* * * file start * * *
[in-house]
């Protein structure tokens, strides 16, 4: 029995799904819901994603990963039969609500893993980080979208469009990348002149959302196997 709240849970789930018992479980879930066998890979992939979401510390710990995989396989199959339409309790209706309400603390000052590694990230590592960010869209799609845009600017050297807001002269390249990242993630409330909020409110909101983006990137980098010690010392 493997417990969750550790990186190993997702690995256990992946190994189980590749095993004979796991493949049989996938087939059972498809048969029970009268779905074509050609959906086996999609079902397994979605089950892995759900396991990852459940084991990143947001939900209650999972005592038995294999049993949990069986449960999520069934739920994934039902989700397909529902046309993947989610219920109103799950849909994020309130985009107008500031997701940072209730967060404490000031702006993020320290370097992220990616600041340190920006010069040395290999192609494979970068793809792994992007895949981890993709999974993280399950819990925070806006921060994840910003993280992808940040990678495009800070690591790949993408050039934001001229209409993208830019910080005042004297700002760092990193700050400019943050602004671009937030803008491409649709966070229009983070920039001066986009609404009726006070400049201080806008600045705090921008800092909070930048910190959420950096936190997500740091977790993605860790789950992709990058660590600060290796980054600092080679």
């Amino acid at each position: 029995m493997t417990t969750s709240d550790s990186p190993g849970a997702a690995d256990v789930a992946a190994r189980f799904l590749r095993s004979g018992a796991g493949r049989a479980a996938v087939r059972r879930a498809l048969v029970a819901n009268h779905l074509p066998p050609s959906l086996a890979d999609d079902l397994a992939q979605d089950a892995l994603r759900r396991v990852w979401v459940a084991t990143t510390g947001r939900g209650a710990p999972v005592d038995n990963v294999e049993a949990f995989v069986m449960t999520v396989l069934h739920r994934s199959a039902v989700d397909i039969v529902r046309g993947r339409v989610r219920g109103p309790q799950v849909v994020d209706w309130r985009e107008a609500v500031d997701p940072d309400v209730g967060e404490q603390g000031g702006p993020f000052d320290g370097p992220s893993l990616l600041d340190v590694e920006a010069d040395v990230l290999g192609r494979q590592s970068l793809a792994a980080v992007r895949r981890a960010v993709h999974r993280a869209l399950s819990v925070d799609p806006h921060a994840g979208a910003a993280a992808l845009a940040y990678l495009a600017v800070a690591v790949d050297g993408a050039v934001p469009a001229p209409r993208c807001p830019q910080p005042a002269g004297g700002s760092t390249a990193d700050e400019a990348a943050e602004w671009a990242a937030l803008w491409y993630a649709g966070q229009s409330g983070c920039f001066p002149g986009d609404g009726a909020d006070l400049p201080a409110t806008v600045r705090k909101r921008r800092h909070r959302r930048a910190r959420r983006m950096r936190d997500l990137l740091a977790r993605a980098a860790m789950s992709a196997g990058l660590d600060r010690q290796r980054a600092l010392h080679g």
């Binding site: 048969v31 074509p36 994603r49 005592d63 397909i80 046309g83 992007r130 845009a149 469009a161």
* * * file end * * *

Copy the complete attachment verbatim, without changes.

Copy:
[in-house]
């Protein structure tokens, strides 16, 4: 029995799904819901994603990963039969609500893993980080979208469009990348002149959302196997 709240849970789930018992479980879930066998890979992939979401510390710990995989396989199959339409309790209706309400603390000052590694990230590592960010869209799609845009600017050297807001002269390249990242993630409330909020409110909101983006990137980098010690010392 493997417990969750550790990186190993997702690995256990992946190994189980590749095993004979796991493949049989996938087939059972498809048969029970009268779905074509050609959906086996999609079902397994979605089950892995759900396991990852459940084991990143947001939900209650999972005592038995294999049993949990069986449960999520069934739920994934039902989700397909529902046309993947989610219920109103799950849909994020309130985009107008500031997701940072209730967060404490000031702006993020320290370097992220990616600041340190920006010069040395290999192609494979970068793809792994992007895949981890993709999974993280399950819990925070806006921060994840910003993280992808940040990678495009800070690591790949993408050039934001001229209409993208830019910080005042004297700002760092990193700050400019943050602004671009937030803008491409649709966070229009983070920039001066986009609404009726006070400049201080806008600045705090921008800092909070930048910190959420950096936190997500740091977790993605860790789950992709990058660590600060290796980054600092080679």
């Amino acid at each position: 029995m493997t417990t969750s709240d550790s990186p190993g849970a997702a690995d256990v789930a992946a190994r189980f799904l590749r095993s004979g018992a796991g493949r049989a479980a996938v087939r059972r879930a498809l048969v029970a819901n009268h779905l074509p066998p050609s959906l086996a890979d999609d079902l397994a992939q979605d089950a892995l994603r759900r396991v990852w979401v459940a084991t990143t510390g947001r939900g209650a710990p999972v005592d038995n990963v294999e049993a949990f995989v069986m449960t999520v396989l069934h739920r994934s199959a039902v989700d397909i039969v529902r046309g993947r339409v989610r219920g109103p309790q799950v849909v994020d209706w309130r985009e107008a609500v500031d997701p940072d309400v209730g967060e404490q603390g000031g702006p993020f000052d320290g370097p992220s893993l990616l600041d340190v590694e920006a010069d040395v990230l290999g192609r494979q590592s970068l793809a792994a980080v992007r895949r981890a960010v993709h999974r993280a869209l399950s819990v925070d799609p806006h921060a994840g979208a910003a993280a992808l845009a940040y990678l495009a600017v800070a690591v790949d050297g993408a050039v934001p469009a001229p209409r993208c807001p830019q910080p005042a002269g004297g700002s760092t390249a990193d700050e400019a990348a943050e602004w671009a990242a937030l803008w491409y993630a649709g966070q229009s409330g983070c920039f001066p002149g986009d609404g009726a909020d006070l400049p201080a409110t806008v600045r705090k909101r921008r800092h909070r959302r930048a910190r959420r983006m950096r936190d997500l990137l740091a977790r993605a980098a860790m789950s992709a196997g990058l660590d600060r010690q290796r980054a600092l010392h080679g």
């Binding site: 048969v31 074509p36 994603r49 005592d63 397909i80 046309g83 992007r130 845009a149 469009a161």